The Value of a Thank You

What does it mean to be thanked? How can thanking someone help us, and help others feel better about their actions?

The idea to write a blog post about Thank You’s came up as I recently met a man named Scott Truitt, Founder of the Gratitude Campaign. His sole purpose in creating this organization is to show civilians how to thank military service members without approaching them directly, as it is sometimes awkward to approach a stranger. It has nothing to do with politics, but merely serves as a way to express gratitude— to let service members know that their service, time away from home and deeds don’t go unnoticed. The thank you sign that they are using is shown in this short video.

http://www.redstaplerchronicles.com/wp-content/uploads/2008/05/thanks.gifIt got me thinking about what is the value of simply saying “Thank You” and what effect that thank you (that we all take for granted) means to another person. Studies published in the Journal of Personality and Social Psychology and discussed on PSYBLOG say:

“Studies have suggested that being grateful can improve well-being, physical health, can strengthen social relationships, produce positive emotional states and help us cope with stressful times in our lives. But we also say thank you because we want the other person to know we value what they’ve done for us and, maybe, encourage them to help us again in the future.”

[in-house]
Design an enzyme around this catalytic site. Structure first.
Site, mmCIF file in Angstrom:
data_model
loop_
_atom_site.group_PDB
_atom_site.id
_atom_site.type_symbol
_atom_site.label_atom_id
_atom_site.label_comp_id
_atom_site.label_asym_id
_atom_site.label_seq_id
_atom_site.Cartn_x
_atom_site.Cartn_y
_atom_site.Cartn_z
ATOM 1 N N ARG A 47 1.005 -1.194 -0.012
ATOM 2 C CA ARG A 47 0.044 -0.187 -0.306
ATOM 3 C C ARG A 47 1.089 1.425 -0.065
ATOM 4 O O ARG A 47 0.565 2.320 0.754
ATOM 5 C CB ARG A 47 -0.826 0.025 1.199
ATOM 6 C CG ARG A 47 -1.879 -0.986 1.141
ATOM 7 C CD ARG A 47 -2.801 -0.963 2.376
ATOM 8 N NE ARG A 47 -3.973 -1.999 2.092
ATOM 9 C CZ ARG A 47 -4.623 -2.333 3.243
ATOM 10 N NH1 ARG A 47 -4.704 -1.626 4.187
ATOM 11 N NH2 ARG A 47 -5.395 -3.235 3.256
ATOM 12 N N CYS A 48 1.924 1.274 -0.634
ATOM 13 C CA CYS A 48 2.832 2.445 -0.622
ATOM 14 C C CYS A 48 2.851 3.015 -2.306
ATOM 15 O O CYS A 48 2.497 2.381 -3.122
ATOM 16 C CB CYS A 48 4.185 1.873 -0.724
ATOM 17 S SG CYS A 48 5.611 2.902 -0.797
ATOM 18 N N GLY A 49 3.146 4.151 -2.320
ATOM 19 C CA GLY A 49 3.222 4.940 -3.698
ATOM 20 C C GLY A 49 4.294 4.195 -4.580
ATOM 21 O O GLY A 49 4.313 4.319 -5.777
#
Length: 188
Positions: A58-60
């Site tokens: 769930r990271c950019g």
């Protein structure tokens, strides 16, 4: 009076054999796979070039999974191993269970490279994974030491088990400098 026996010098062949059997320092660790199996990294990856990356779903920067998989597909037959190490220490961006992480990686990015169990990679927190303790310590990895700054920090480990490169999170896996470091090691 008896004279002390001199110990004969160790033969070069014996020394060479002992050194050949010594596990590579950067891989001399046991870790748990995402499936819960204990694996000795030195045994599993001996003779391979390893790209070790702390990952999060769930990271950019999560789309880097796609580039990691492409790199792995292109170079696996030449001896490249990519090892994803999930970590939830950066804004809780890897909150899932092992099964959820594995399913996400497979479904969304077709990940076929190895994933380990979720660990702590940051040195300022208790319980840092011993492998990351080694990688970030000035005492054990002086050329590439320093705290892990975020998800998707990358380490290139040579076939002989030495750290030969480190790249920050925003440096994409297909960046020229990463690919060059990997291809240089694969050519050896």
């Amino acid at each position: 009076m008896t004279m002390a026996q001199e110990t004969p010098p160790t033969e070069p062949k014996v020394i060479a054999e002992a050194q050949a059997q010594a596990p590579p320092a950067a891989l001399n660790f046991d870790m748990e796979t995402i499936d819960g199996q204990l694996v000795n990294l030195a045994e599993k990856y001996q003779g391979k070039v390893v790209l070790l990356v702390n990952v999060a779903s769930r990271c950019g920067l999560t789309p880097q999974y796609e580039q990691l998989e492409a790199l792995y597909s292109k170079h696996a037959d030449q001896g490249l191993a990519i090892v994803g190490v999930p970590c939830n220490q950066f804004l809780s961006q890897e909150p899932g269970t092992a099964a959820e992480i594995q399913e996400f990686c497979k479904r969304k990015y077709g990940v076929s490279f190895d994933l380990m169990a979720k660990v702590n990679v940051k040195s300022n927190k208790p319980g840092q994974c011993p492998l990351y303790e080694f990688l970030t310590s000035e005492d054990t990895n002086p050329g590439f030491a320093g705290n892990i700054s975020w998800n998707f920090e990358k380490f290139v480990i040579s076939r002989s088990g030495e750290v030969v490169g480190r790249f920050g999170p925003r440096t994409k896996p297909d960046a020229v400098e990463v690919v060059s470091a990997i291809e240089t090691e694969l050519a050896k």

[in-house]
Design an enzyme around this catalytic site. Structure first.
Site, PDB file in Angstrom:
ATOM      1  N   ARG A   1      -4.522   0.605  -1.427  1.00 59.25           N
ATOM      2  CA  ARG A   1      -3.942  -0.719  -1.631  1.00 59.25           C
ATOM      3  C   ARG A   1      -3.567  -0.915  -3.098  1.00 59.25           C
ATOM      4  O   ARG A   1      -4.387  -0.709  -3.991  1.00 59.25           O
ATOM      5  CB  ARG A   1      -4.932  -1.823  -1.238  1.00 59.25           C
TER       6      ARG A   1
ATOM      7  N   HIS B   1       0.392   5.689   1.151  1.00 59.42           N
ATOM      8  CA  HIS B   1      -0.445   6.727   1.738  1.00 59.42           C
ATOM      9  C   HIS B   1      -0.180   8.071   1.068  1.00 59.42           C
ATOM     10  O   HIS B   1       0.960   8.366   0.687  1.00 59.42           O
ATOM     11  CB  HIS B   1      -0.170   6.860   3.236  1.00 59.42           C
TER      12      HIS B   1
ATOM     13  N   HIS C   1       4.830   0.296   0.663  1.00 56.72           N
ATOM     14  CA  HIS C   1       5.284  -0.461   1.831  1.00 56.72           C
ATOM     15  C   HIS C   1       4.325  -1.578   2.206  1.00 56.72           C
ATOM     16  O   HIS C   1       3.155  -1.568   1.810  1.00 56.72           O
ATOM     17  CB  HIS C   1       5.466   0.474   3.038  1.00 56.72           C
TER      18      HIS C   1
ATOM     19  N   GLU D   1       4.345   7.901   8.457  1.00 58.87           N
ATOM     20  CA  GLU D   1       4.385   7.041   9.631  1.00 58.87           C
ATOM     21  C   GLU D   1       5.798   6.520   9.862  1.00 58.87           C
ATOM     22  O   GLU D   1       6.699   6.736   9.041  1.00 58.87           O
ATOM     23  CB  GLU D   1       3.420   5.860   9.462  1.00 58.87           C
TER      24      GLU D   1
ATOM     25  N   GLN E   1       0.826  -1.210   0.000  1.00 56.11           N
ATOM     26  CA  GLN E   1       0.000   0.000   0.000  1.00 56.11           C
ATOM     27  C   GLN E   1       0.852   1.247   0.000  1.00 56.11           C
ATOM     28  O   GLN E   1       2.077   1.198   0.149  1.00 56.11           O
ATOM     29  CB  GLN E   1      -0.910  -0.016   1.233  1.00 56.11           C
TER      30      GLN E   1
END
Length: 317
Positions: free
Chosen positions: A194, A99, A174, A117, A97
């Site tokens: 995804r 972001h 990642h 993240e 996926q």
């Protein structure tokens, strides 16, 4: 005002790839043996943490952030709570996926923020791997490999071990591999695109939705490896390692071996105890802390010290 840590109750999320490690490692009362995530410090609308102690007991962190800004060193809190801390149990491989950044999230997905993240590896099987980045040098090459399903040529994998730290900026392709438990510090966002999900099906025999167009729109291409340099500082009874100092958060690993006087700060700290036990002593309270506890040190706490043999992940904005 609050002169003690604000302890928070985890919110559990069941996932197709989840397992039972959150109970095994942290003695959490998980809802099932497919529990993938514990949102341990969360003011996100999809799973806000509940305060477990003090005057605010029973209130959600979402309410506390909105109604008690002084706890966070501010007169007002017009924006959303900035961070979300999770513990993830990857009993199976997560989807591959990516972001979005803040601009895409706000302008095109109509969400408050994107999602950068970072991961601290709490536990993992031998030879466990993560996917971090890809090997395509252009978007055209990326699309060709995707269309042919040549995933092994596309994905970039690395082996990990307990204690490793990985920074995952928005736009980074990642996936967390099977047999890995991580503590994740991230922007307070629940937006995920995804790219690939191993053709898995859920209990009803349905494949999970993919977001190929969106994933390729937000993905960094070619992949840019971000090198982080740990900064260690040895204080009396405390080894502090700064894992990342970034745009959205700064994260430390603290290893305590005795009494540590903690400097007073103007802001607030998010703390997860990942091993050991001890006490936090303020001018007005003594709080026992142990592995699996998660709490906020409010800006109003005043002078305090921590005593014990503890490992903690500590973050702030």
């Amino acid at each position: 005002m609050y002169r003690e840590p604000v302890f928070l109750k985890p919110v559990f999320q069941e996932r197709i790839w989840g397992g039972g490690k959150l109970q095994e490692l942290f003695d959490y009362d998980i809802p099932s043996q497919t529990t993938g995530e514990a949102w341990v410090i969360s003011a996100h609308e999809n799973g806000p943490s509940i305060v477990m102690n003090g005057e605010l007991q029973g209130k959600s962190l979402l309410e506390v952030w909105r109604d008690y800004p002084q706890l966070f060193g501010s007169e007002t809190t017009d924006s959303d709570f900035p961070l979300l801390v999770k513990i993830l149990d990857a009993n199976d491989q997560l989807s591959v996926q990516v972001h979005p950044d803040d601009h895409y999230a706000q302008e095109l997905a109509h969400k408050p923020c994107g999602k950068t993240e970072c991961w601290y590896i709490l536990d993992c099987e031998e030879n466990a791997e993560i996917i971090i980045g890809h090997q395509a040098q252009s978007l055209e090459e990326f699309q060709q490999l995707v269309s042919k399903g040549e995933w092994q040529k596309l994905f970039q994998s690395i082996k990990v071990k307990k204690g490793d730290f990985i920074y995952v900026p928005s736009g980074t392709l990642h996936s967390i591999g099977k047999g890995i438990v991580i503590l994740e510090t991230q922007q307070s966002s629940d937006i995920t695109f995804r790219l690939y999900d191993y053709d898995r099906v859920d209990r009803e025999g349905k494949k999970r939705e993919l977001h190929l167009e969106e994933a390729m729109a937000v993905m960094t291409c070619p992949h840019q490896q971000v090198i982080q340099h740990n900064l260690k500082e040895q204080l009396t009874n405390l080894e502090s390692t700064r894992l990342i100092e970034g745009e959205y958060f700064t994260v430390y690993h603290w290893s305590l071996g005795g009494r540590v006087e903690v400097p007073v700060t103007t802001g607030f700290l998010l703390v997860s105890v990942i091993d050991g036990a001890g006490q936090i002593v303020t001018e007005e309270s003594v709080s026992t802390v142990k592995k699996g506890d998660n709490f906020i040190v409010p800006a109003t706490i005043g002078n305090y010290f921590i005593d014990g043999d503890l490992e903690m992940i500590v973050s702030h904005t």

Being Thanked Provides Social Worth

Sometimes people are leery to help others, but a thank you lets them know that their efforts are appreciated.

“This feeling of social worth helps people get over factors that stop us from helping. We are often unsure our help is really wanted and we know that accepting help from others can feel like a failure. The act of saying thank you reassures the helper that their help is valued and motivates them to provide more.”

People Who Are Thanked Are More Willing to Help

“Those who were thanked were more willing to provide assistance. [In a study where people were thanked after a task], the effect of a ‘thank you’ was quite substantial—while only 32% of participants receiving an email thank you helped with the second task, when gratitude was personally expressed face-to-face, this number went up to 66%.”

It is human nature to be appreciated for our acts no matter what age we are or what income level we have attained—no matter if it’s at home, at work or to a stranger in public. Thanking someone is more than a social nicety. Some people don’t thank others for what they feel is expected behavior, but there is psychology behind it that can make you feel better and make the person you thank feel better, so why not say Thank You more often?  After all, it’s the little things in life that make the biggest difference.

 

Thank you for reading to the end of this blog post!

 

- Allison Mewes

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